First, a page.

Cord-cutting reaches an all-time high

Shawn Knight

Posts: 12,597   +124
Staff member
What just happened? We can add the traditional pay TV industry to the growing list of those that have not benefited from the pandemic. According to market research company eMarketer, 31.2 million households in the US will have “cut the cord” in aggregate by the end of the year. At the going rate, by the end of 2024, fewer than half of US households will subscribe to a pay TV service.

Eric Haggstrom, eMarketer forecasting analyst at Insider Intelligence, said consumers are choosing to cut the cord because of high prices, especially compared to streaming alternatives. “The loss of live sports in H1 2020 contributed to further declines”, Haggstrom said.

Even though sports have largely returned, people aren’t necessarily returning to their old cable or satellite plans.

The advertising industry is also feeling the squeeze. eMarketer said total spending on traditional TV ads will drop 15 percent this year to $60 billion, the lowest level since 2011. Things should rebound a bit next year but the firm anticipates spending will stay below pre-pandemic levels through at least 2024.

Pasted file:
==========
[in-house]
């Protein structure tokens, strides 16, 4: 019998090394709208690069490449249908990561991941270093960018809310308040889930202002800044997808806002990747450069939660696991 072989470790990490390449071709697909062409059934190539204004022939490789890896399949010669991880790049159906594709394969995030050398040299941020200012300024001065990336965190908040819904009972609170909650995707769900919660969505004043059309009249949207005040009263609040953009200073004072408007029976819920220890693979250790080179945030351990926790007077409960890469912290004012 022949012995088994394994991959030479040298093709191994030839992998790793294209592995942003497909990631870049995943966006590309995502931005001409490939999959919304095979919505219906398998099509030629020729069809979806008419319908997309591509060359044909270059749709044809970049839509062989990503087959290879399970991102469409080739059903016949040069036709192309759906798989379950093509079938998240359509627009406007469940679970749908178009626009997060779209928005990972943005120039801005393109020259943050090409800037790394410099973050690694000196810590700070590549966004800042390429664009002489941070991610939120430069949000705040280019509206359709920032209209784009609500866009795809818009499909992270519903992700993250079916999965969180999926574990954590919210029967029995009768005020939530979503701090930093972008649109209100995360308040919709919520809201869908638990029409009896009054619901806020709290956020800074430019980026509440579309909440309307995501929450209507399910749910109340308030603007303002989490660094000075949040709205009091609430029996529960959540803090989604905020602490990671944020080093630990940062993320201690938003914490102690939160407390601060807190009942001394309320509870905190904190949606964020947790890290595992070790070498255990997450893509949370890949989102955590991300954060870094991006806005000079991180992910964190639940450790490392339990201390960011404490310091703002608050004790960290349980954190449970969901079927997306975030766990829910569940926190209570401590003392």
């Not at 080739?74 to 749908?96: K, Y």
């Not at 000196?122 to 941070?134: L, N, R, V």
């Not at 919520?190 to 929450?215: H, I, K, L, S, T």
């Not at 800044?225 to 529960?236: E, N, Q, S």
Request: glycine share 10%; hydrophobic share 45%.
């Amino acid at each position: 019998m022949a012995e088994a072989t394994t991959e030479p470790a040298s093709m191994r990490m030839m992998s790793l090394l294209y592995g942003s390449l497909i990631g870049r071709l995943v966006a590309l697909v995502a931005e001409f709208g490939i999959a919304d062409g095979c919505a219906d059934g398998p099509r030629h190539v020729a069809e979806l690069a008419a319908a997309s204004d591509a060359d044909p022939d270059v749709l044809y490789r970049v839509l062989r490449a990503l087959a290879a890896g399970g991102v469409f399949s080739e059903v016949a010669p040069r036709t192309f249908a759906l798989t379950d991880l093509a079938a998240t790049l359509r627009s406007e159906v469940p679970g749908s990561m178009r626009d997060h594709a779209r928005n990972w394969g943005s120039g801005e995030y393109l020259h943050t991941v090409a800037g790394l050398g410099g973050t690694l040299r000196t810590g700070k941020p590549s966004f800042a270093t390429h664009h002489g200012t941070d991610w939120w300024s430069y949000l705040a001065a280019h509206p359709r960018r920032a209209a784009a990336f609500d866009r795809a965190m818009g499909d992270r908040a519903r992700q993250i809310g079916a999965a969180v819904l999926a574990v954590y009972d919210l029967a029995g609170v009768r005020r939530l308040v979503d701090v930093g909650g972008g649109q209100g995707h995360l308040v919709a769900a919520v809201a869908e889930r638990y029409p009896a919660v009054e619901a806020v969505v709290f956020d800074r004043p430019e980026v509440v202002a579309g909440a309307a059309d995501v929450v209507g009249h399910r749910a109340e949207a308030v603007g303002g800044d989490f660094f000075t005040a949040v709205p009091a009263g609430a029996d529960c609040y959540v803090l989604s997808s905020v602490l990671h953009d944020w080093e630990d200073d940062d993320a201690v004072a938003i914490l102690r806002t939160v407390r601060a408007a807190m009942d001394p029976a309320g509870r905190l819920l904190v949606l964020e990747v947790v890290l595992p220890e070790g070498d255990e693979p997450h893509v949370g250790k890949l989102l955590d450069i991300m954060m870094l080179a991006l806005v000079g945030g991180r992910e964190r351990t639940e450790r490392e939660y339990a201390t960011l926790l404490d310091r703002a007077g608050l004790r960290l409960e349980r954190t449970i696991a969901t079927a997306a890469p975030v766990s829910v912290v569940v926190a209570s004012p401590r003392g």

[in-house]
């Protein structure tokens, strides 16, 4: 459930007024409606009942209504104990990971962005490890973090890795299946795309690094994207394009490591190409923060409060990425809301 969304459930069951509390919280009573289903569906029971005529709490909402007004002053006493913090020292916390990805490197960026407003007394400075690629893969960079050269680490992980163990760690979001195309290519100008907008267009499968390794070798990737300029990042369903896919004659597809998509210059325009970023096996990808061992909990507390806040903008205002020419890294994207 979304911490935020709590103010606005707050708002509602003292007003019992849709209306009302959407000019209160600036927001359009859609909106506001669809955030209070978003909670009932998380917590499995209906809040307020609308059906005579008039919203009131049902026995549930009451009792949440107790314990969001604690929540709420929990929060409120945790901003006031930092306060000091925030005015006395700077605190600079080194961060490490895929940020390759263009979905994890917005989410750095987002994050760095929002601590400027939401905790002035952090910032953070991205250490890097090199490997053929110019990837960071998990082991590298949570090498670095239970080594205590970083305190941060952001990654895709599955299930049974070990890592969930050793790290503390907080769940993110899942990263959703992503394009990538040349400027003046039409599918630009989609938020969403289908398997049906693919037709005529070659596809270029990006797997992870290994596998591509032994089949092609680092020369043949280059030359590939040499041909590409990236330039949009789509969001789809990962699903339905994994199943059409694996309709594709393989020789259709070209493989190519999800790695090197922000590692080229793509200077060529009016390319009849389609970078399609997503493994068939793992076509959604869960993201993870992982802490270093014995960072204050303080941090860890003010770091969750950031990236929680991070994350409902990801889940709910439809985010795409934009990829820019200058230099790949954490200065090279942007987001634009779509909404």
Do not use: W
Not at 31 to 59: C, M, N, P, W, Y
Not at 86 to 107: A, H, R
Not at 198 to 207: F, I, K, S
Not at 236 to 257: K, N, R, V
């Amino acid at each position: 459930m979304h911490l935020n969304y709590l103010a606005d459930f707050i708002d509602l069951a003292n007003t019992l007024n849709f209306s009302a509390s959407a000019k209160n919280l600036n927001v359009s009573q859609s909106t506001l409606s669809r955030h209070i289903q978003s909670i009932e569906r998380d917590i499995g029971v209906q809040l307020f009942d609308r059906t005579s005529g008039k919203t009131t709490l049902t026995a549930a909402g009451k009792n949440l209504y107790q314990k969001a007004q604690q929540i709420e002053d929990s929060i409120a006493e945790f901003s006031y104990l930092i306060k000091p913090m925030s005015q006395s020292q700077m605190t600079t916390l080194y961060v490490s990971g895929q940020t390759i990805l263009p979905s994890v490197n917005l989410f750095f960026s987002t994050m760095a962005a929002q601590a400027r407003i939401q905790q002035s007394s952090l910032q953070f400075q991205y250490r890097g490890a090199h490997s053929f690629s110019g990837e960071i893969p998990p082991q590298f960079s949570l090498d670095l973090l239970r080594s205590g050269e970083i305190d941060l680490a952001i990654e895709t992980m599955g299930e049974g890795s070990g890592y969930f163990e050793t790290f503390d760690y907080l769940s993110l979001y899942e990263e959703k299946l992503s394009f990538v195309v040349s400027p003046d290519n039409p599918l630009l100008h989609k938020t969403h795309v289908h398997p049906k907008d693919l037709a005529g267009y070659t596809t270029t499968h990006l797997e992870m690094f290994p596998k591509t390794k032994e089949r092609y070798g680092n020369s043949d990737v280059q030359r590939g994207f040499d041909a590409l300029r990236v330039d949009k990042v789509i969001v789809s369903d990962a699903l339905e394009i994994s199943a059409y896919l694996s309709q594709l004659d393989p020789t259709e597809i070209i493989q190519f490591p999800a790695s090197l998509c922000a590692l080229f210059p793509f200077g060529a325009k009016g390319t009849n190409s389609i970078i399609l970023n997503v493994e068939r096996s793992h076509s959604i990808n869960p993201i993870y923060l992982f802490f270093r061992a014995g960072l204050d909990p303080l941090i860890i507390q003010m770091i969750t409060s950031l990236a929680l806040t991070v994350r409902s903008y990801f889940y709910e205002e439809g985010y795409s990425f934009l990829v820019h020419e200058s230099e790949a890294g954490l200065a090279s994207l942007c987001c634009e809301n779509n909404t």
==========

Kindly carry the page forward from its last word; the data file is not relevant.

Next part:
Some, including Haggstrom, don’t think spending will ever return to pre-pandemic levels.

“While TV ad spending will rebound in 2021 with the broader economy, it will never return to pre-pandemic levels,” he said.

Indeed, given current trends to move to over-the-top offerings, a general audience erosion and the growth in streaming video platforms, ad money is almost certainly going to continue to move away from traditional TV.

Masthead credit: Kristin Chiasson

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QuantumPhysics

Posts: 3,502   +3,346
First of all, we are facing record job loss, record cost of living increases in housing, record rent crisis,record mortgage crisis, and people can't afford to pay the basics, let alone afford healthcare.

Record underemployment, record unemployment, housing inflation, record death count from pandemic and poorly targeted government programs. Otherwise known as Stagflation.